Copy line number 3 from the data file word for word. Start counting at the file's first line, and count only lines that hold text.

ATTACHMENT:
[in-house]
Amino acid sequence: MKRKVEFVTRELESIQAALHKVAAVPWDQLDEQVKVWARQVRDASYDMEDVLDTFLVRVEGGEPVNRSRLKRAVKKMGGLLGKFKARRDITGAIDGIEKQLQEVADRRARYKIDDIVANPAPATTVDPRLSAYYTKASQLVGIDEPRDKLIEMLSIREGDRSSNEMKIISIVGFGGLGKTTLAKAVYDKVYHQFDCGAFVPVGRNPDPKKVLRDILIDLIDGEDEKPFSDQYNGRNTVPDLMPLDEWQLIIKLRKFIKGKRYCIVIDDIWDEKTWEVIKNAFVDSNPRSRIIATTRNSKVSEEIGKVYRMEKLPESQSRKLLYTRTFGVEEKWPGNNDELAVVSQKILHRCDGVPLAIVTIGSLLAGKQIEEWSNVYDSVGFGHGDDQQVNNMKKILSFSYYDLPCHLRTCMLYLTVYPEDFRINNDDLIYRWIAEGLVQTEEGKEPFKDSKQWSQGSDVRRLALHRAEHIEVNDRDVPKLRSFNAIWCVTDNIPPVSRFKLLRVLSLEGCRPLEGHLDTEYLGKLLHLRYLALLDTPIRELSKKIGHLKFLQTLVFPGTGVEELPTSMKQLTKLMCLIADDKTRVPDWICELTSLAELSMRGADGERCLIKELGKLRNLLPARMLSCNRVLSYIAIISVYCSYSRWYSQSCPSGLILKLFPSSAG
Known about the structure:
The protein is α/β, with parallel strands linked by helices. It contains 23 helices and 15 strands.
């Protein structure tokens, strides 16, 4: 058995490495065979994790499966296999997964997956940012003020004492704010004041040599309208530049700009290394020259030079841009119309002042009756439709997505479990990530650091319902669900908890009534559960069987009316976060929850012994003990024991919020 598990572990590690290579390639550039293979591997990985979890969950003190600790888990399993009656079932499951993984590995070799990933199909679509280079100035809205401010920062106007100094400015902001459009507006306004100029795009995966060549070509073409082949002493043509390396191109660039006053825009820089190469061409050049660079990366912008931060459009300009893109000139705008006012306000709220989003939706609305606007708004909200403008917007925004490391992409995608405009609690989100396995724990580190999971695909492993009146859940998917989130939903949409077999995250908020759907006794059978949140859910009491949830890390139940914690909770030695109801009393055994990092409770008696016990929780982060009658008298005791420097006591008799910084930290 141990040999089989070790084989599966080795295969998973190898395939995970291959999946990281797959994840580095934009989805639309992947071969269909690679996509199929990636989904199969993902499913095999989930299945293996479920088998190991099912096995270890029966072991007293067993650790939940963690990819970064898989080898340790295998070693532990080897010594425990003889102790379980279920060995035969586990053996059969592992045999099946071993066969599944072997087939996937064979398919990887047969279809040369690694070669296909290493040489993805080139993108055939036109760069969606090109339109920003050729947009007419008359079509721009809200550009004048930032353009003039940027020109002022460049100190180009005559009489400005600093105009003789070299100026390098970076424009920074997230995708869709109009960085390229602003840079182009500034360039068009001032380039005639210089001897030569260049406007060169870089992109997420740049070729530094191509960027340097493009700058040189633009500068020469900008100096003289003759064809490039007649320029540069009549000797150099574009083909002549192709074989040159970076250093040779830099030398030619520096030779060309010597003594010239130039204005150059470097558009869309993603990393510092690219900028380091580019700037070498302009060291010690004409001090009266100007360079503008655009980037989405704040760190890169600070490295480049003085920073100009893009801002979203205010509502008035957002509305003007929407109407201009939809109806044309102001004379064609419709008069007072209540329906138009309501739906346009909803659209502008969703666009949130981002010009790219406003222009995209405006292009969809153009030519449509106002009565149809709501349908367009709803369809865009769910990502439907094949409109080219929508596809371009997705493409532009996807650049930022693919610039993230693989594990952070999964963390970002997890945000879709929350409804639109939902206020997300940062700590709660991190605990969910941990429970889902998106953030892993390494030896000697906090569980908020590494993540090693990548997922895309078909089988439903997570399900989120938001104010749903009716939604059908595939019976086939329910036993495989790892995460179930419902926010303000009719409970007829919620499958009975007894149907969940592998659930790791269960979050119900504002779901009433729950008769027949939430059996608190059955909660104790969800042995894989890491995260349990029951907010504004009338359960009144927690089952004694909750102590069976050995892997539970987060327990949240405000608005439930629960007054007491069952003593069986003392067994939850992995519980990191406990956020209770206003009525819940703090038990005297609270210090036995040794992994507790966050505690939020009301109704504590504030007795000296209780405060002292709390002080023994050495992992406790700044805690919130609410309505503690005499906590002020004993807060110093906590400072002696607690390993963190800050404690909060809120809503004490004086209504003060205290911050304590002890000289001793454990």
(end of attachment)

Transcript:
Known about the structure: